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Alibaba and the New Age of Asian Entrepreneurs


It’s time to recognize the Asian continent for more than its enormous market size and manufacturing muscle. It’s also in the early stages of an entrepreneurial boom not unlike the one that spawned Silicon Valley. And Alibaba Group, which recently announced its coming mega-IPO, represents an interesting nexus for that movement.

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With $240 billion of merchandise traded on its sites last year, Alibaba is the world’s largest e-commerce company. It conducts far more business than Amazon (NASDAQ:AMZN) and eBay (NASDAQ:EBAY)combined, and accounts for more than half of all parcels shipped in China.

What makes Alibaba unique is its innovative business model. The company is comprised primarily of two online marketplaces – Taobao, a consumer-to-consumer site, and Tmall, a business-to-consumer marketplace – plus shopping search engine eTao and third-party payment platform Alipay. 

That makes Alibaba sort of a mashup of eBay, Amazon, Google, and Paypal. But, unlike Amazon, Alibaba doesn’t actually sell goods. It operates only as a middleman, collecting annual fees and commissions from larger merchants and advertising fees from small businesses that want to stand out.

While the company’s revenues are relatively modest, it’s enormously profitable. In the quarter ending last September, net profits were $792 million on revenues of $1.78 billion. Its net profit margin of 44% is the highest I’ve ever seen, about twice that of Google, Microsoft and Facebook.

The only question is whether it can effectively scale that model as it continues to grow domestically and internationally. If so, it’ll be unstoppable.

Next stop: Wall Street

The company’s IPO is expected to raise $15 billion on a valuation exceeding $100 billion, making it the biggest U.S. public offering of any Chinese company and close to Facebook’s offering, which raised $16 billion for the Silicon Valley-based social network.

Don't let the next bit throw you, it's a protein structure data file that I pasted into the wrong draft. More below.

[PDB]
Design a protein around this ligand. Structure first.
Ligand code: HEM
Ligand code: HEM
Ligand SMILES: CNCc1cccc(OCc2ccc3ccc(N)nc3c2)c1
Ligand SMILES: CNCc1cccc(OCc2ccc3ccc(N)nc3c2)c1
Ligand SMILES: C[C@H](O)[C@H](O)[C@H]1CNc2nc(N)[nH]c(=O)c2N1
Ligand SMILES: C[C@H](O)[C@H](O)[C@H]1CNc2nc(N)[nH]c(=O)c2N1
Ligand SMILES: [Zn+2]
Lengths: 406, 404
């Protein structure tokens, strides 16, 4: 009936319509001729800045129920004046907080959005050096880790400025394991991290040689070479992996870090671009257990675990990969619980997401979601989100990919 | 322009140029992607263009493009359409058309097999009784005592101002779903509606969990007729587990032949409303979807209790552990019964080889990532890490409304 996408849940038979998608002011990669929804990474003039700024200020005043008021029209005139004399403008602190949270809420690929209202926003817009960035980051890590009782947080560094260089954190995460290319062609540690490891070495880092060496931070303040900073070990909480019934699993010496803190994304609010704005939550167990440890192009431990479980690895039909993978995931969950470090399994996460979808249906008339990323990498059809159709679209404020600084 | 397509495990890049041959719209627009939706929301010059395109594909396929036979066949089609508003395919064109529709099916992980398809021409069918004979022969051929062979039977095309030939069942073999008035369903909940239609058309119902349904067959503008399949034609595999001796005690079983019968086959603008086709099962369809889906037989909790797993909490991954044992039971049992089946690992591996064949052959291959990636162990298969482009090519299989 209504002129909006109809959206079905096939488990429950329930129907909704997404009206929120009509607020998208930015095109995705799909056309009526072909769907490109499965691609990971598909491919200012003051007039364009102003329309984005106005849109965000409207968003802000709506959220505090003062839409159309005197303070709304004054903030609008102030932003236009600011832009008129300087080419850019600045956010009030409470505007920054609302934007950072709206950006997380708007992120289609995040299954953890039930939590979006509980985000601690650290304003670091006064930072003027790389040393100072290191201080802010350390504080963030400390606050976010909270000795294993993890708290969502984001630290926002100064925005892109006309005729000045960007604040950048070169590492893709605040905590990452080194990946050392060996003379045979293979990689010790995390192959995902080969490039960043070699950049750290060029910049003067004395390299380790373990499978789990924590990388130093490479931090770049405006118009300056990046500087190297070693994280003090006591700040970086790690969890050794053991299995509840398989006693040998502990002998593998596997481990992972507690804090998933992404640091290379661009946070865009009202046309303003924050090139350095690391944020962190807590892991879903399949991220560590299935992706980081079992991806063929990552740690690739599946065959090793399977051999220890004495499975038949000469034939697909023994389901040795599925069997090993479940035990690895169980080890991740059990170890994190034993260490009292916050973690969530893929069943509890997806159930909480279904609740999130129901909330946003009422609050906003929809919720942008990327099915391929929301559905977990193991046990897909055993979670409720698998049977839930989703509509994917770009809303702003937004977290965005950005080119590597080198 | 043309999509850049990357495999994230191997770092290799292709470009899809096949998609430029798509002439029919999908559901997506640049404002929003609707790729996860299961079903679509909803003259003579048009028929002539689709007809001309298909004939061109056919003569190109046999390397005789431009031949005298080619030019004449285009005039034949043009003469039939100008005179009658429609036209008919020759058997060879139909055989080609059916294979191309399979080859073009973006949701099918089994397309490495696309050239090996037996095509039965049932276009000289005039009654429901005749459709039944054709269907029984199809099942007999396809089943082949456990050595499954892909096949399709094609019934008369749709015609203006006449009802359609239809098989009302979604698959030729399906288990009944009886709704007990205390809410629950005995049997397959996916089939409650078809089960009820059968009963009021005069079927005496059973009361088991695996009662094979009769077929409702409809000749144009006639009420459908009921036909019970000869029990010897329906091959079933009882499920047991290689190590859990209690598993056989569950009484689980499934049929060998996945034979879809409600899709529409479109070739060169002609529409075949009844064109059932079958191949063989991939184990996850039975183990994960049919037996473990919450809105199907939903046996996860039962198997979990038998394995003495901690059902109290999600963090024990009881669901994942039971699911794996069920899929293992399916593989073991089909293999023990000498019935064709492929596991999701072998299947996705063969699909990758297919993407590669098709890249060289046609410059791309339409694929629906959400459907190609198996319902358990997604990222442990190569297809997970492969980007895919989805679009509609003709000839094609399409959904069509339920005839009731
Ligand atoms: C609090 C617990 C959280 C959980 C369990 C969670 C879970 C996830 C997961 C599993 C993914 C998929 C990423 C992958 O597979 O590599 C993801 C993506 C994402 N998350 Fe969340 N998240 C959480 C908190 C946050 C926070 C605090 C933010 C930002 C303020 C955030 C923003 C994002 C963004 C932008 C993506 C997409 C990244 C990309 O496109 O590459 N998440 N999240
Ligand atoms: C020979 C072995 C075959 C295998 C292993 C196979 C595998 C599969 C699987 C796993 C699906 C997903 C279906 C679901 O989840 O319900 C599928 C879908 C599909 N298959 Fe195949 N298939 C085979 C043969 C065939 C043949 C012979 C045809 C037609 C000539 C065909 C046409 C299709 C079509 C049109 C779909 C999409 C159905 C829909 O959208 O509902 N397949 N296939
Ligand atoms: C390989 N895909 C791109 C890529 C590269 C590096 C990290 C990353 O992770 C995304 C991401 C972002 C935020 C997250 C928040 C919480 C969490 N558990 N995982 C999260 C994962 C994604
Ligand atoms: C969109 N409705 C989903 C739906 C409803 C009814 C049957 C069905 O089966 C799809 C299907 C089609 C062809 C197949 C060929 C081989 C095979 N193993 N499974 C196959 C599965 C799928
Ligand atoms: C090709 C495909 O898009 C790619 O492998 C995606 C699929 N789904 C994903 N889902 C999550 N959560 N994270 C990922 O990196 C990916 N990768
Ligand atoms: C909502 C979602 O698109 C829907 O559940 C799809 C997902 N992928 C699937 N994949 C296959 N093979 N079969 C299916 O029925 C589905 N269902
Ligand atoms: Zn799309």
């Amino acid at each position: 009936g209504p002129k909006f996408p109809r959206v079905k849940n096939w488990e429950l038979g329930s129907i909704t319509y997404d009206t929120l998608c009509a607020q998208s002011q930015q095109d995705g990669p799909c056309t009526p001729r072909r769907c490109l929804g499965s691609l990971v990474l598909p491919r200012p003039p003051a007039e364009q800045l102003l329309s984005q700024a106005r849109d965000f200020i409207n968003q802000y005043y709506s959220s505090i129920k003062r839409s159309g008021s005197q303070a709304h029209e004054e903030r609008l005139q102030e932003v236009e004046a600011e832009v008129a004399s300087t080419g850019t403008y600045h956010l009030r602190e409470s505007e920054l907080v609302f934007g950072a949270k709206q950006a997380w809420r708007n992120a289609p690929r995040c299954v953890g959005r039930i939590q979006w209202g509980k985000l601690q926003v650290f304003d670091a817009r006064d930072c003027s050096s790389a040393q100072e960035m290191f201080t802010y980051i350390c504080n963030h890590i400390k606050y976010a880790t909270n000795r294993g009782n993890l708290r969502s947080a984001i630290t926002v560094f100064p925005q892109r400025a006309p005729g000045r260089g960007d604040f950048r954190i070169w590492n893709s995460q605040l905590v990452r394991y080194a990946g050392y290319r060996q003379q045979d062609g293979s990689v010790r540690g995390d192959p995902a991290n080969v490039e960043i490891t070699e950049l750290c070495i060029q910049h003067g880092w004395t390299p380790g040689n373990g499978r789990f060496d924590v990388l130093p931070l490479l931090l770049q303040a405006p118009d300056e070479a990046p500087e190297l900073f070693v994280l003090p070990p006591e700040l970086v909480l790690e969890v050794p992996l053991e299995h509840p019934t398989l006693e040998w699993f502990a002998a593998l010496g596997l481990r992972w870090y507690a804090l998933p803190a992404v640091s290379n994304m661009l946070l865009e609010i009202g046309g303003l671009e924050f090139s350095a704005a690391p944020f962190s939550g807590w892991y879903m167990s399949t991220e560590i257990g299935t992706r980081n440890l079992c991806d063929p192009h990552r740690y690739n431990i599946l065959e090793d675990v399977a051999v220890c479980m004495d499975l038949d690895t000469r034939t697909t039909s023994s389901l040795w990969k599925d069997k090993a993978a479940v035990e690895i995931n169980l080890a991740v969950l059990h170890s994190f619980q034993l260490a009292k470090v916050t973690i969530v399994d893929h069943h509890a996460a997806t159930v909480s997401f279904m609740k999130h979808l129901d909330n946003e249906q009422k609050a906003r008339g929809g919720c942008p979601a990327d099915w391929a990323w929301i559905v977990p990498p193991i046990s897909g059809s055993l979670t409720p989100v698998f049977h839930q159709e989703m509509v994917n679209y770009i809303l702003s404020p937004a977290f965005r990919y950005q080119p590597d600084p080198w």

What I find most intriguing about the company, however, is its unique culture that stems primarily from executive chairman and founding CEO, Jack Ma. A former English teacher from Hangzhou, China, Ma represents a new kind of Chinese leader who puts customer satisfaction and employee happiness ahead of all else.

At the heart of Alibaba’s entrepreneurial culture is a value system that seems far better suited for Silicon Valley than mainland China. Its corporate values include having passion to do what you believe is right and continuing to innovate and adapt through changing business conditions.

Unusual as his methods may be, the results are undeniable and the payoff, huge. Ma’s net worth of $12 billion is roughly the same as that of Robin Li, chairman and chief executive of China’s top search engine, Baidu. That would make these two entrepreneurs, aged 49 and 45, respectively, the two richest men in China.

There is, however, one more twist to the Alibaba story. Fourteen years ago, Softbank founder and CEO Masayoshi Son invested $20 million in Ma’s venture. Five years later, Yahoo co-founder Jerry Yang pumped in another $1 billion, giving Yahoo a 40% stake in the ecommerce startup.

Today, the Japanese telecom and Internet giant Son founded when he was just 24 years-old owns 37% of Alibaba, not to mention 70% of U.S. wireless provider Sprint. Yahoo still owns 20% of Alibaba after selling half its stake in 2012.

After what will surely be a high-profile Wall Street IPO, not only will Alibaba have a real mashup of investor nationalities, I’m sure that, like Son and Wang, it will step up its own investments and acquisitions in high-tech startups.

Alibaba already led a $206 million investment round in Amazon competitor ShopRunner last October. And just today, messaging startup Tango announced that the Chinese ecommerce giant has plunked down $215 million of a $280 million funding round that valued the Silicon Valley company at $1.1 billion.   

It’s that same sort of successful entrepreneur-turned-investor flywheel that helped make Silicon Valley the high-tech mecca it is today. Make no mistake, Asian business is no longer all about enormous, century-old holding companies. These people have definitely figured out how to be entrepreneurs.

What do you think?

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